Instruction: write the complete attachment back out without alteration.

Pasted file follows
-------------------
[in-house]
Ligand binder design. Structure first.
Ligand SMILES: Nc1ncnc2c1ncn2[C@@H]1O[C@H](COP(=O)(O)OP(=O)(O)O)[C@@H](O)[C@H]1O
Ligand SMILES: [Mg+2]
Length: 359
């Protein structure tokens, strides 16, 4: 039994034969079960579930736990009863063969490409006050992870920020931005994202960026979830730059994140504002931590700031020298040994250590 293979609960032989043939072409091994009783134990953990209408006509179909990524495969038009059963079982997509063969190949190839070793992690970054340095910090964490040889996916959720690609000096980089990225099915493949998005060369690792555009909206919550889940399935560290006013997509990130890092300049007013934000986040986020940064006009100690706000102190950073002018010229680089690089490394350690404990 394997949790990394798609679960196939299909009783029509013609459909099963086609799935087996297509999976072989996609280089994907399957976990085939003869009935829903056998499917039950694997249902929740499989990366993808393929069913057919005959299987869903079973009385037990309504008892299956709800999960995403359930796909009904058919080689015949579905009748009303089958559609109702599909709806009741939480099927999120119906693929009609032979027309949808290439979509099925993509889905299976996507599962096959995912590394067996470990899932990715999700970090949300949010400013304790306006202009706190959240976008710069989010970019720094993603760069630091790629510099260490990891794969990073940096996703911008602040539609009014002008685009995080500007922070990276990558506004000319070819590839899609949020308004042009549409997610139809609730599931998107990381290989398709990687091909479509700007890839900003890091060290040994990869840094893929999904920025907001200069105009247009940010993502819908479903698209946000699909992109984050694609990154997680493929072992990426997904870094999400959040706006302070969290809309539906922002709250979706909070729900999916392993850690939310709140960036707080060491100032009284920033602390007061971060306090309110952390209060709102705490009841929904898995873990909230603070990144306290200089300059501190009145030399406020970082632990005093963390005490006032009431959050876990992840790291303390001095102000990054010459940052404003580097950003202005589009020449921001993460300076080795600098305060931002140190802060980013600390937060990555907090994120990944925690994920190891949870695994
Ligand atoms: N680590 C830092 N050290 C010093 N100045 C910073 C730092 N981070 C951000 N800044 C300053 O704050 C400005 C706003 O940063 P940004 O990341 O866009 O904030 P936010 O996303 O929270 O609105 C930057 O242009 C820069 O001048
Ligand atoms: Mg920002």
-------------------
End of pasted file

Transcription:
[in-house]
Ligand binder design. Structure first.
Ligand SMILES: Nc1ncnc2c1ncn2[C@@H]1O[C@H](COP(=O)(O)OP(=O)(O)O)[C@@H](O)[C@H]1O
Ligand SMILES: [Mg+2]
Length: 359
């Protein structure tokens, strides 16, 4: 039994034969079960579930736990009863063969490409006050992870920020931005994202960026979830730059994140504002931590700031020298040994250590 293979609960032989043939072409091994009783134990953990209408006509179909990524495969038009059963079982997509063969190949190839070793992690970054340095910090964490040889996916959720690609000096980089990225099915493949998005060369690792555009909206919550889940399935560290006013997509990130890092300049007013934000986040986020940064006009100690706000102190950073002018010229680089690089490394350690404990 394997949790990394798609679960196939299909009783029509013609459909099963086609799935087996297509999976072989996609280089994907399957976990085939003869009935829903056998499917039950694997249902929740499989990366993808393929069913057919005959299987869903079973009385037990309504008892299956709800999960995403359930796909009904058919080689015949579905009748009303089958559609109702599909709806009741939480099927999120119906693929009609032979027309949808290439979509099925993509889905299976996507599962096959995912590394067996470990899932990715999700970090949300949010400013304790306006202009706190959240976008710069989010970019720094993603760069630091790629510099260490990891794969990073940096996703911008602040539609009014002008685009995080500007922070990276990558506004000319070819590839899609949020308004042009549409997610139809609730599931998107990381290989398709990687091909479509700007890839900003890091060290040994990869840094893929999904920025907001200069105009247009940010993502819908479903698209946000699909992109984050694609990154997680493929072992990426997904870094999400959040706006302070969290809309539906922002709250979706909070729900999916392993850690939310709140960036707080060491100032009284920033602390007061971060306090309110952390209060709102705490009841929904898995873990909230603070990144306290200089300059501190009145030399406020970082632990005093963390005490006032009431959050876990992840790291303390001095102000990054010459940052404003580097950003202005589009020449921001993460300076080795600098305060931002140190802060980013600390937060990555907090994120990944925690994920190891949870695994
Ligand atoms: N680590 C830092 N050290 C010093 N100045 C910073 C730092 N981070 C951000 N800044 C300053 O704050 C400005 C706003 O940063 P940004 O990341 O866009 O904030 P936010 O996303 O929270 O609105 C930057 O242009 C820069 O001048
Ligand atoms: Mg920002």